It has been an interesting decade for SPX (SPW), as the company has gone through spasms of acquisition and divestiture but really hasn't set the world on fire with its margins, returns on capital, or free cash flow generation. With most of the business shuffling complete, and broadly improving utility demand, can SPX show that it deserves a spot on a list of quality industrial conglomerates?
Will Macro Worries Weigh On 2013 Optimism?
After several years of underperformance, investors have been looking to 2013 as a year of recovery and improvement for SPX. The question I have, though, is whether macroeconomic issues are going to cloud this sunny outlook.
SPX gets more than 40% of its revenue from power generation customers. As one of the market leaders in transformers, alongside ABB (NYSE:ABB) and General Electric (NYSE:GE), SPX should be seeing better demand for medium-sized transformers in the near term and better demand for larger transformers in the coming years. Unfortunately, the power markets have shown themselves to be quirky and difficult to predict, as several erratic reports from ABB, Siemens (SI), and GE would support.
Perhaps part of the issue is that power generators still can't be too sure what sort of market they're building or budgeting for in the future. Nuclear power has seen its future dim considerably in the last year or two, and so too (to a lesser extent) for coal; a problem for SPX as it is a leading manufacturer of cooling towers for these plants. On the other side, governments have backed away from rich subsidies for renewable power generation and the transmission/distribution in many countries simply isn't up to snuff anymore (whether due to age or increasing consumption/demand).
Is It Cyclical Or Structural?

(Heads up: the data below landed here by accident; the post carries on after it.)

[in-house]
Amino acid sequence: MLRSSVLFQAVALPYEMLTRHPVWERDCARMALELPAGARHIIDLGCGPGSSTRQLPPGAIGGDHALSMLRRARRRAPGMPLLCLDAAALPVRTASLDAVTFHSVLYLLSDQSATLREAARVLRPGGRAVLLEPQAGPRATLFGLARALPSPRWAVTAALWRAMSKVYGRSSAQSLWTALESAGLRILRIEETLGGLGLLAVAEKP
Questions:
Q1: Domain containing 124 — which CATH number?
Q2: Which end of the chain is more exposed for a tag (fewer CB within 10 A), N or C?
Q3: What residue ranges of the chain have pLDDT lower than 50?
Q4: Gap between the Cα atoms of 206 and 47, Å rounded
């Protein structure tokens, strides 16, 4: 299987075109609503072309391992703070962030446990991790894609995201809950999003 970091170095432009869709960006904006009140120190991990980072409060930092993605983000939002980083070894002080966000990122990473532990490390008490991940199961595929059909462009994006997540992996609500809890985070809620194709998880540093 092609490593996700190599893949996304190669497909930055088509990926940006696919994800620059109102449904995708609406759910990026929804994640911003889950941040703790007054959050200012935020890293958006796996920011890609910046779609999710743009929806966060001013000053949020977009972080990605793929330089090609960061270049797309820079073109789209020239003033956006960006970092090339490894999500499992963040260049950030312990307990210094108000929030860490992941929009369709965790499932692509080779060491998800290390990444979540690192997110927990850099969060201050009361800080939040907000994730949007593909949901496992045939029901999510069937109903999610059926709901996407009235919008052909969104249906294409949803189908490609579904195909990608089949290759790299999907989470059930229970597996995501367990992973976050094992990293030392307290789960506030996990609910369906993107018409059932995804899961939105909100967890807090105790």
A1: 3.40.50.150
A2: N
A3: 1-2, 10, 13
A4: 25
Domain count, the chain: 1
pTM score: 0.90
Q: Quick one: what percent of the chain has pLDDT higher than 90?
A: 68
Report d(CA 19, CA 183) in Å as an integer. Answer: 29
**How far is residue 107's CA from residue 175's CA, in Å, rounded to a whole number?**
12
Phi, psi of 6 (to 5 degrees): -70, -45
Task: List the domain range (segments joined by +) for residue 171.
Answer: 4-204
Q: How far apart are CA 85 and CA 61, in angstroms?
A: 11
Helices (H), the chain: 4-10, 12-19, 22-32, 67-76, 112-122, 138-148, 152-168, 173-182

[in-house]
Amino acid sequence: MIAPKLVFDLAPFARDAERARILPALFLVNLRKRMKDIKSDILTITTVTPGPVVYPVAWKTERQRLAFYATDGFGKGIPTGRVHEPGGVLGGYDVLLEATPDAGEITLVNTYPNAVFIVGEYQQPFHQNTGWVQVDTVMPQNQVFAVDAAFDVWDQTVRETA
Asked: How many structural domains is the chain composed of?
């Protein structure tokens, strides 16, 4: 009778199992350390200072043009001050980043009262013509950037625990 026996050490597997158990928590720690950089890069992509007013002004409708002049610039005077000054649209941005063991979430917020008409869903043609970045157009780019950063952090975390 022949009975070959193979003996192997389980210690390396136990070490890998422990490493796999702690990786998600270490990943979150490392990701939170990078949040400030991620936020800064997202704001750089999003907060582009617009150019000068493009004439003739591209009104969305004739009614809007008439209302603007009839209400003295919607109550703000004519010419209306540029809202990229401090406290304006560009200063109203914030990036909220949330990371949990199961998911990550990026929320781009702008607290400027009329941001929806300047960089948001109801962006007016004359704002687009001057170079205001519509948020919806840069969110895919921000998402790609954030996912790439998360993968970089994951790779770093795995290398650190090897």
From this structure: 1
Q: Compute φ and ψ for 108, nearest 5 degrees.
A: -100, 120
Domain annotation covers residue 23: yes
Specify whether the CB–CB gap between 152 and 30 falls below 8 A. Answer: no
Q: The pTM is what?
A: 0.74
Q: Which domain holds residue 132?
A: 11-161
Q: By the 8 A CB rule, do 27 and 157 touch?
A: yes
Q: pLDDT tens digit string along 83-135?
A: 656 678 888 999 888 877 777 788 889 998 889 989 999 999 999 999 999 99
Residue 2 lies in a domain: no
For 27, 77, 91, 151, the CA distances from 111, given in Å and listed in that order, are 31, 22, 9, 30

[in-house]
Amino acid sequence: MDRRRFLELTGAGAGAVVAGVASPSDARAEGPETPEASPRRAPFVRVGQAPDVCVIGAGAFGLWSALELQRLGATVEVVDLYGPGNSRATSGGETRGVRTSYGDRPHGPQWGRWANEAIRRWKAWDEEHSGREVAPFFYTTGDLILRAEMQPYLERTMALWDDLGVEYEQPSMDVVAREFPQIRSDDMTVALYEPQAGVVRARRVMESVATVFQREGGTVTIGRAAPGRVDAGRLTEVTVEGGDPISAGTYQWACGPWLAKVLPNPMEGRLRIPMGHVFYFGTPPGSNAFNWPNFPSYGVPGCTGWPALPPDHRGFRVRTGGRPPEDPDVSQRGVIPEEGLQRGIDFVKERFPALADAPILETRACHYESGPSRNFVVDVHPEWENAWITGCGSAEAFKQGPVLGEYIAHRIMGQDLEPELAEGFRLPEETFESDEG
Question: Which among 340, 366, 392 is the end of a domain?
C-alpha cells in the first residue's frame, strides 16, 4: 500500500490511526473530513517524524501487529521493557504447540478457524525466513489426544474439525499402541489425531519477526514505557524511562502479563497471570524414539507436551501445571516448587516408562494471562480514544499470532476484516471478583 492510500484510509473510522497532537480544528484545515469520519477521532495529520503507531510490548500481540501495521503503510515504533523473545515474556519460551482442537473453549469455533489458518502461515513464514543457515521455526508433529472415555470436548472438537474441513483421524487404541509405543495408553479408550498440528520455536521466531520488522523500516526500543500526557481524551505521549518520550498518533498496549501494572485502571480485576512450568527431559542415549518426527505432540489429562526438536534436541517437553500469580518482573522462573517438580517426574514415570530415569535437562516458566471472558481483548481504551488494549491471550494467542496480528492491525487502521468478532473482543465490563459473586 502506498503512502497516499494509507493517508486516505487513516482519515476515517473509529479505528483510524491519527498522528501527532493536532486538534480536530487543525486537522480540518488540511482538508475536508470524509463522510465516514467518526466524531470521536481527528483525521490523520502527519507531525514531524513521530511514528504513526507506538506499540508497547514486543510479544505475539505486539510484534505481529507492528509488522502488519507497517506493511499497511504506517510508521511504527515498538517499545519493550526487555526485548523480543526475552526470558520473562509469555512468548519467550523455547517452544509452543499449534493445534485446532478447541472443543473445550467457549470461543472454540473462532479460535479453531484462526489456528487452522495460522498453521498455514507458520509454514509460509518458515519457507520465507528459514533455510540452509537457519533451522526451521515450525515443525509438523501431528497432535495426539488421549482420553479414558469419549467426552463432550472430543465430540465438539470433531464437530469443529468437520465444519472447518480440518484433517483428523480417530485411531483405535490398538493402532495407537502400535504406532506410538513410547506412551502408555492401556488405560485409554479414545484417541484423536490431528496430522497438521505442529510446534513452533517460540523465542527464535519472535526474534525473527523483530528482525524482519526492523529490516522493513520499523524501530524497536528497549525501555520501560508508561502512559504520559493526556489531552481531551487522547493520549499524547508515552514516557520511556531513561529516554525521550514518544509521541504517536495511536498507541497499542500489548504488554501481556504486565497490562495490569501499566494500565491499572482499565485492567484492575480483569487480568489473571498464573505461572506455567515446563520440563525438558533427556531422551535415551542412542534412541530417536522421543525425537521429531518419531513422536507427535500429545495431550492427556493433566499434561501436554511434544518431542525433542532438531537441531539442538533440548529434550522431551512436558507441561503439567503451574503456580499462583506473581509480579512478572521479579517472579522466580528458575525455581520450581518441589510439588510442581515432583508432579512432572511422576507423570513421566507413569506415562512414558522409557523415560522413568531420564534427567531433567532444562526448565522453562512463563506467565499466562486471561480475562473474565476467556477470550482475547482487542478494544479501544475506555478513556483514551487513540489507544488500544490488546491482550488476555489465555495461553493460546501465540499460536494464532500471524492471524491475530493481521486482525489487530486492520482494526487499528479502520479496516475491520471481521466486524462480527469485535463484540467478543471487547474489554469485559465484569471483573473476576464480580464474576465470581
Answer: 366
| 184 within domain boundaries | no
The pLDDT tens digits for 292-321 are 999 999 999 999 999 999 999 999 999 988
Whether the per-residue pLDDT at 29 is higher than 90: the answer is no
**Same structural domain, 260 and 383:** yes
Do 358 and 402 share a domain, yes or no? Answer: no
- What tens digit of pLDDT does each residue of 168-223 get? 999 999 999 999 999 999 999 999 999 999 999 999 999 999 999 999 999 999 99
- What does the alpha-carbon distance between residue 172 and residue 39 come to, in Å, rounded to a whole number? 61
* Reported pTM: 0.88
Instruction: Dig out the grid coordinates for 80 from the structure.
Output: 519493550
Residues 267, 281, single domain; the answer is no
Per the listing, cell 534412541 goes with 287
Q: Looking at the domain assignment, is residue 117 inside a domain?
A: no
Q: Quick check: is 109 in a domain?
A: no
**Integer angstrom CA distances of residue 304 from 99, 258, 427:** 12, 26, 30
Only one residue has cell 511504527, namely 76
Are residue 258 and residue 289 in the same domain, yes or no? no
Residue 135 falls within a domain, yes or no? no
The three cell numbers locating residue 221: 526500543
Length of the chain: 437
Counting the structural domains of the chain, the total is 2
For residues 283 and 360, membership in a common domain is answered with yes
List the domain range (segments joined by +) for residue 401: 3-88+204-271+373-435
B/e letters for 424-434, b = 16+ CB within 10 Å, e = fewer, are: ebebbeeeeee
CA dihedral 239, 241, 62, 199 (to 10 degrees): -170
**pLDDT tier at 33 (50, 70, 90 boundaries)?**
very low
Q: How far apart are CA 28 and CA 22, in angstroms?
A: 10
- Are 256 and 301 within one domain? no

The bulls on SPX hold to the idea that the company is an industrial conglomerate leveraged to late-cycle sectors and that margins/results are cyclically depressed. If that thesis holds up, the thermal and transformer businesses will perk up on utility demand and the flow control business will prove to be more sustainable. At the same time, the company's asset sales should enable management to meaningfully reduce its debt burden and/or continue to repurchase shares (the share count has dropped by about 40% over the last decade).
Ostensibly, that should work out. ABB, GE, and Siemens have all been pretty enthusiastic about the global thermal power and T&D markets, even if they haven't been as predictable or reliable as they might like. Likewise, I like the company's sanitary food/beverage business (part of flow technology), as companies like Nestle (OTCPK:NSRGY) and PepsiCo (NYSE:PEP) continue to grow their dairy businesses around the world.
But I still have some doubts. Although the company's flow control business has been a reliable performer with double-digit segment margins, performance in the thermal and industrial groups (where the company faces the likes of ABB, GE, and Siemens) has been considerably more erratic. If it comes down to execution, then, I do trust SPX to continue to do well against the likes of Alfa Laval, GEA, and Flowserve (NYSE:FLS) in flow technologies, but I'm not so sure about the other businesses. By the same token, if those end markets in power fail to grow as expected over the next couple of years, I like the expense structure of ABB and GE better.
The Bottom Line
I liked ABB enough that I bought the shares for my own account, and I do believe the company's positions in automation and power are appealing for the long term. I also can see arguments for bullishness on GE, Siemens, and Honeywell (NYSE:HON) among other industrial conglomerates. I have a harder time saying the same for SPX, even though I do think management has restructured the business along logical lines and should be in position to benefit from global utility expansion.
Even with an assumption of double-digit free cash flow growth for a decade and sustained free cash flow margins in the mid-to-high single digits (something that the company has not done over the past decade), the stock still isn't particularly cheap. So although these shares have done quite well over the last year, I think a lot of the optimism on the power market is already in the shares and investors can do better in cheap industrial names.
Disclosure: I am long ABB. I wrote this article myself, and it expresses my own opinions. I am not receiving compensation for it (other than from Seeking Alpha). I have no business relationship with any company whose stock is mentioned in this article.